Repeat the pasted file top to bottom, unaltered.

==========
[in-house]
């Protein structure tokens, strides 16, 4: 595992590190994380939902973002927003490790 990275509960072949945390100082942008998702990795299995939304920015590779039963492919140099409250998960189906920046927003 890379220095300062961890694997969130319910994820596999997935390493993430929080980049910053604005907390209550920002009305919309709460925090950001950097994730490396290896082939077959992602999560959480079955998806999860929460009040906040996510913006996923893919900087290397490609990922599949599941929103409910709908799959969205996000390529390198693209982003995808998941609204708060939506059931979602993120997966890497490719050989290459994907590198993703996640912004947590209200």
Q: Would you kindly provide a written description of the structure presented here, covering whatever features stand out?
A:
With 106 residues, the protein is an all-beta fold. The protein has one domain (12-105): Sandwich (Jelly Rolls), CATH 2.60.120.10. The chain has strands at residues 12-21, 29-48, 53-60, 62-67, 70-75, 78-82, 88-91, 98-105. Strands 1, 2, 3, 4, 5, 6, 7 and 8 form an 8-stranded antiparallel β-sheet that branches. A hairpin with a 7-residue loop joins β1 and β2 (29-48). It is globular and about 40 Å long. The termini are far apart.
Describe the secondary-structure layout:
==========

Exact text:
[in-house]
């Protein structure tokens, strides 16, 4: 595992590190994380939902973002927003490790 990275509960072949945390100082942008998702990795299995939304920015590779039963492919140099409250998960189906920046927003 890379220095300062961890694997969130319910994820596999997935390493993430929080980049910053604005907390209550920002009305919309709460925090950001950097994730490396290896082939077959992602999560959480079955998806999860929460009040906040996510913006996923893919900087290397490609990922599949599941929103409910709908799959969205996000390529390198693209982003995808998941609204708060939506059931979602993120997966890497490719050989290459994907590198993703996640912004947590209200």
Q: Would you kindly provide a written description of the structure presented here, covering whatever features stand out?
A:
With 106 residues, the protein is an all-beta fold. The protein has one domain (12-105): Sandwich (Jelly Rolls), CATH 2.60.120.10. The chain has strands at residues 12-21, 29-48, 53-60, 62-67, 70-75, 78-82, 88-91, 98-105. Strands 1, 2, 3, 4, 5, 6, 7 and 8 form an 8-stranded antiparallel β-sheet that branches. A hairpin with a 7-residue loop joins β1 and β2 (29-48). It is globular and about 40 Å long. The termini are far apart.
Describe the secondary-structure layout: